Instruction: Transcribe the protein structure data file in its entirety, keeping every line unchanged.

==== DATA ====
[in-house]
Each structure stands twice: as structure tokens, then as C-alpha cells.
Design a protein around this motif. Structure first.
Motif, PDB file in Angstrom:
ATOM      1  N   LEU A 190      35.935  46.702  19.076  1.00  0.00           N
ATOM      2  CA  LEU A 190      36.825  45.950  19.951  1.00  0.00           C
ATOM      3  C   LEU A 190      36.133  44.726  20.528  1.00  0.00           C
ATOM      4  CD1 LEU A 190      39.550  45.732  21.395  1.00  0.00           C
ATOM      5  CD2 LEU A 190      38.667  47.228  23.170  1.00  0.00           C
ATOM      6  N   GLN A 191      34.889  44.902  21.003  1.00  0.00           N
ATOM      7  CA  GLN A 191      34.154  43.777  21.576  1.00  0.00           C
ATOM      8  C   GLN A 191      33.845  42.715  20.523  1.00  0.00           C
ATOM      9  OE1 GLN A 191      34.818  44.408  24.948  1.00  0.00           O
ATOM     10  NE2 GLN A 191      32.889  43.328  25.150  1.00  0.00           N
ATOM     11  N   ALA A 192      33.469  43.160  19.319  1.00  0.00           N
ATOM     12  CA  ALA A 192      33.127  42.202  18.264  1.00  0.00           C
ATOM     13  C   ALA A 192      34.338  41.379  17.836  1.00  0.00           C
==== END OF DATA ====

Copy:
[in-house]
Each structure stands twice: as structure tokens, then as C-alpha cells.
Design a protein around this motif. Structure first.
Motif, PDB file in Angstrom:
ATOM      1  N   LEU A 190      35.935  46.702  19.076  1.00  0.00           N
ATOM      2  CA  LEU A 190      36.825  45.950  19.951  1.00  0.00           C
ATOM      3  C   LEU A 190      36.133  44.726  20.528  1.00  0.00           C
ATOM      4  CD1 LEU A 190      39.550  45.732  21.395  1.00  0.00           C
ATOM      5  CD2 LEU A 190      38.667  47.228  23.170  1.00  0.00           C
ATOM      6  N   GLN A 191      34.889  44.902  21.003  1.00  0.00           N
ATOM      7  CA  GLN A 191      34.154  43.777  21.576  1.00  0.00           C
ATOM      8  C   GLN A 191      33.845  42.715  20.523  1.00  0.00           C
ATOM      9  OE1 GLN A 191      34.818  44.408  24.948  1.00  0.00           O
ATOM     10  NE2 GLN A 191      32.889  43.328  25.150  1.00  0.00           N
ATOM     11  N   ALA A 192      33.469  43.160  19.319  1.00  0.00           N
ATOM     12  CA  ALA A 192      33.127  42.202  18.264  1.00  0.00           C
ATOM     13  C   ALA A 192      34.338  41.379  17.836  1.00  0.00           C